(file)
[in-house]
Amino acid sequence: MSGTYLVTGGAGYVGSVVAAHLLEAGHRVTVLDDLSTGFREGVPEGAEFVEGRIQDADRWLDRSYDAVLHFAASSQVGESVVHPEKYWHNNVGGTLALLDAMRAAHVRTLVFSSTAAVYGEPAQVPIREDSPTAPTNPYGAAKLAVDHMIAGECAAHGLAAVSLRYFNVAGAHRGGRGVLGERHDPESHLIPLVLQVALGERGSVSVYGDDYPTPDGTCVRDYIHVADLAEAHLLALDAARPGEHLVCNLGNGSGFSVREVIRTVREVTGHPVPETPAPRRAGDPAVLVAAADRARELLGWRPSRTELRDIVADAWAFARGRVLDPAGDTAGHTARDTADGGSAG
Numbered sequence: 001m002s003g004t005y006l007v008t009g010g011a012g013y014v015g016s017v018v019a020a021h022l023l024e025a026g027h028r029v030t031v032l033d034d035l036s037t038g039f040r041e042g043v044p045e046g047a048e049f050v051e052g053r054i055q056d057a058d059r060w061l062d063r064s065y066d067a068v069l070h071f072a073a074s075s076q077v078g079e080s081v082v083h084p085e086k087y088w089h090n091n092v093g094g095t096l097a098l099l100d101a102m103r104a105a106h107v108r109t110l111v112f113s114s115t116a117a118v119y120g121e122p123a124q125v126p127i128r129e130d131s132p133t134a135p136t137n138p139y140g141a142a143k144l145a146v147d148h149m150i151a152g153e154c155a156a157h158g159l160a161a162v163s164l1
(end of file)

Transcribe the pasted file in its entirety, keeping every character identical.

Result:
[in-house]
Amino acid sequence: MSGTYLVTGGAGYVGSVVAAHLLEAGHRVTVLDDLSTGFREGVPEGAEFVEGRIQDADRWLDRSYDAVLHFAASSQVGESVVHPEKYWHNNVGGTLALLDAMRAAHVRTLVFSSTAAVYGEPAQVPIREDSPTAPTNPYGAAKLAVDHMIAGECAAHGLAAVSLRYFNVAGAHRGGRGVLGERHDPESHLIPLVLQVALGERGSVSVYGDDYPTPDGTCVRDYIHVADLAEAHLLALDAARPGEHLVCNLGNGSGFSVREVIRTVREVTGHPVPETPAPRRAGDPAVLVAAADRARELLGWRPSRTELRDIVADAWAFARGRVLDPAGDTAGHTARDTADGGSAG
Numbered sequence: 001m002s003g004t005y006l007v008t009g010g011a012g013y014v015g016s017v018v019a020a021h022l023l024e025a026g027h028r029v030t031v032l033d034d035l036s037t038g039f040r041e042g043v044p045e046g047a048e049f050v051e052g053r054i055q056d057a058d059r060w061l062d063r064s065y066d067a068v069l070h071f072a073a074s075s076q077v078g079e080s081v082v083h084p085e086k087y088w089h090n091n092v093g094g095t096l097a098l099l100d101a102m103r104a105a106h107v108r109t110l111v112f113s114s115t116a117a118v119y120g121e122p123a124q125v126p127i128r129e130d131s132p133t134a135p136t137n138p139y140g141a142a143k144l145a146v147d148h149m150i151a152g153e154c155a156a157h158g159l160a161a162v163s164l1